Chasma Boreale is a Grand Canyon-sized chasm that slashes through the midst of the spiraled troughs. Theories to date suggested that either wind erosion or a single melt event excavated Chasma Boreale within the past 5 to 10 million years.

"Not so," says Holt. "The MRO data clearly show the chasm formed [long before the spirals did] in a much older ice sheet dating back billions of years. Due to the shape of that ancient sheet, the chasm grew deeper as newer ice deposits built up around it. Winds sweeping across the ice cap likely prevented new ice from building up inside the chasm [so it never filled up]."

The radar data also revealed a second chasm matching Boreale in size.

"This chasm's never been seen before -- unlike Boreale, it did fill up with ice, probably because it's in a different location. Boreale is closer to the highest points of the ancient ice cap, where the winds are stronger and more consistent."

By discovering that both Chasma Boreale and the ice troughs were shaped by similar processes over different timescales, Holt and Smith answer some questions about Martian climate history. But they're also sparking new ones.

"For a long stretch of Martian history the ice layers were regular and uniform, then there was a distinct period when the spiral ice troughs got started," says Smith. "Something changed. There must have been a very fast (relatively speaking) and powerful change in climate. We still don't know what that change was."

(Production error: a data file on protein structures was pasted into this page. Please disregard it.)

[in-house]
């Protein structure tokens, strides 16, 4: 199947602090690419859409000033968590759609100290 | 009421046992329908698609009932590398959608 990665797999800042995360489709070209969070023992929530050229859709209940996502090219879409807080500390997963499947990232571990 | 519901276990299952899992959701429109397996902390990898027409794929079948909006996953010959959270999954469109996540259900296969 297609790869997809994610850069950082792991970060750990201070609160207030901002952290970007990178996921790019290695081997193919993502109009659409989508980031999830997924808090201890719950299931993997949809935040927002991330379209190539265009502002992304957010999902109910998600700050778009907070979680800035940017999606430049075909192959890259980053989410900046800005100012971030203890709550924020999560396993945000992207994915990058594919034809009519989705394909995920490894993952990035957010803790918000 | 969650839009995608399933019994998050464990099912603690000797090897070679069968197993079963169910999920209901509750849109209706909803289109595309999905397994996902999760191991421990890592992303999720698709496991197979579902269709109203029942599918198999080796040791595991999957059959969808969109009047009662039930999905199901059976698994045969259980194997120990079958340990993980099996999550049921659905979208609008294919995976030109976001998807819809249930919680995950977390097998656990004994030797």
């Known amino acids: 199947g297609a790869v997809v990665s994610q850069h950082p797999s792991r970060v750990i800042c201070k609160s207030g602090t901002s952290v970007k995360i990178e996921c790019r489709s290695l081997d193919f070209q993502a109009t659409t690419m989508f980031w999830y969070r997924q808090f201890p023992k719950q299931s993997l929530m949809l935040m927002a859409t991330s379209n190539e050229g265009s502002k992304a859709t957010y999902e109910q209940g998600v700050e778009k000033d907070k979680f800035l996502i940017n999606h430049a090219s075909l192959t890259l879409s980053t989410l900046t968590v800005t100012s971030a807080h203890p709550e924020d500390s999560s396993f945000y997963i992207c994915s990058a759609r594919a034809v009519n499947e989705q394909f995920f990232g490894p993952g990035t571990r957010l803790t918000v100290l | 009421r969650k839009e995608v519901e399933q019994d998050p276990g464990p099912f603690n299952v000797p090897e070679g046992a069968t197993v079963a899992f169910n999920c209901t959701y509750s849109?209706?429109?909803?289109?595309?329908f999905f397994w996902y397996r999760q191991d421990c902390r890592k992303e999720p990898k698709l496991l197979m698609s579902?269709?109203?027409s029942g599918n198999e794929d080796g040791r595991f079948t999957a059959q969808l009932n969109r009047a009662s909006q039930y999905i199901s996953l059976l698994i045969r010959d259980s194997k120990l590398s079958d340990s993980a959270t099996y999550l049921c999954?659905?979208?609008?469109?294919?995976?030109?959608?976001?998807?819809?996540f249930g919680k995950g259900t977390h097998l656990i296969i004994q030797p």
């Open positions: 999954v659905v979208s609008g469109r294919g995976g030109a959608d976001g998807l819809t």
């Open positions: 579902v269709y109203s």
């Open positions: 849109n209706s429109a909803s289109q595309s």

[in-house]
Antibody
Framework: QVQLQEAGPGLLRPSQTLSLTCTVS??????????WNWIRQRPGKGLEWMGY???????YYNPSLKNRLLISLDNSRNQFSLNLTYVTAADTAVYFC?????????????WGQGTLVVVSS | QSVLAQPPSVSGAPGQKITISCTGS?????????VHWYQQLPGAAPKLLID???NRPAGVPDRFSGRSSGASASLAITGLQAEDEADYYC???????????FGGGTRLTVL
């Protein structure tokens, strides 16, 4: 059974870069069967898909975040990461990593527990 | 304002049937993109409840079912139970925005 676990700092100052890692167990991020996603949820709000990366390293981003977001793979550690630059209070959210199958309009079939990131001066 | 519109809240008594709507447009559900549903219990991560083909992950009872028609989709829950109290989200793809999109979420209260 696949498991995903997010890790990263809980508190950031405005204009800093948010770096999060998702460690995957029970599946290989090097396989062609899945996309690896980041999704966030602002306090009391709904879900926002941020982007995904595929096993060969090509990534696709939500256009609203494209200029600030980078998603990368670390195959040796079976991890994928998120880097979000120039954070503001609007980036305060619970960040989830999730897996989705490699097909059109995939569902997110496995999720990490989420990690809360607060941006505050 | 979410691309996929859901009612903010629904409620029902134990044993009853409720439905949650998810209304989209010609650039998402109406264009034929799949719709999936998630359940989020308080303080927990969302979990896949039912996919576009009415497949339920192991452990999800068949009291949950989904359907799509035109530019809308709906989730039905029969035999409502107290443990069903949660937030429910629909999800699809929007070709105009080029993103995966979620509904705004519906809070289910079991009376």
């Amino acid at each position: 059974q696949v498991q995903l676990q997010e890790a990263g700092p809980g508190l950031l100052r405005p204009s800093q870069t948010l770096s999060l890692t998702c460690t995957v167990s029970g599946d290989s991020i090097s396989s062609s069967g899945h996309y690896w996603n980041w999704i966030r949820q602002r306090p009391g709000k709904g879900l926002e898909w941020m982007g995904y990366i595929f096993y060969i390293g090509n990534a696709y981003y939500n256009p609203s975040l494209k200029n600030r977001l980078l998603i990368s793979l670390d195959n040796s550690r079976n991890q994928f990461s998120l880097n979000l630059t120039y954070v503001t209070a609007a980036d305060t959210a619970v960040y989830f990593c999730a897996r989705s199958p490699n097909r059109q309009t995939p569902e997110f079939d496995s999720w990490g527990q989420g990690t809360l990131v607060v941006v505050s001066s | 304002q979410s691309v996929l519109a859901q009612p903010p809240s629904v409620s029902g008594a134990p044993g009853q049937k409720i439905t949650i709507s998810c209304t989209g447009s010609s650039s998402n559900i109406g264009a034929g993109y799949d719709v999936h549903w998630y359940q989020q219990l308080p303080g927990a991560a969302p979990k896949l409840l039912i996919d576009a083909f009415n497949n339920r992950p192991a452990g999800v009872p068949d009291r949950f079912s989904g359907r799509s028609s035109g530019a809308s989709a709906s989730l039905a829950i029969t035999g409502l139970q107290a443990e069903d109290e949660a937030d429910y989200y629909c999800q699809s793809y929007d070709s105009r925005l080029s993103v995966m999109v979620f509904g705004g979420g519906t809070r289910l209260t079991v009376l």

"To figure that out, we need to look at the rest of Mars for evidence of other changes at that same time," says Holt. "This is just the tip of the ice berg."

Explore further: NASA image: Sunrise from the International Space Station

Related Stories

New structure found deep within West Antarctic Ice Sheet

Sep 23, 2004

Ice sheet more susceptible to change than previously thought Scientists have found a remarkable new structure deep within the West Antarctic Ice Sheet which suggests that the whole ice sheet is more susceptible to future ch ...

Scientists observe drumlin beneath ice sheet

Jan 23, 2007

Scientists have discovered a warehouse-sized drumlin – a mound of sediment and rock – actively forming and growing under the ice sheet in Antarctica. Its discovery, and the rate at which it was formed, sheds new light ...

Recommended for you

Cassini sees sunny seas on Titan

16 hours ago

(Phys.org) —As it soared past Saturn's large moon Titan recently, NASA's Cassini spacecraft caught a glimpse of bright sunlight reflecting off hydrocarbon seas.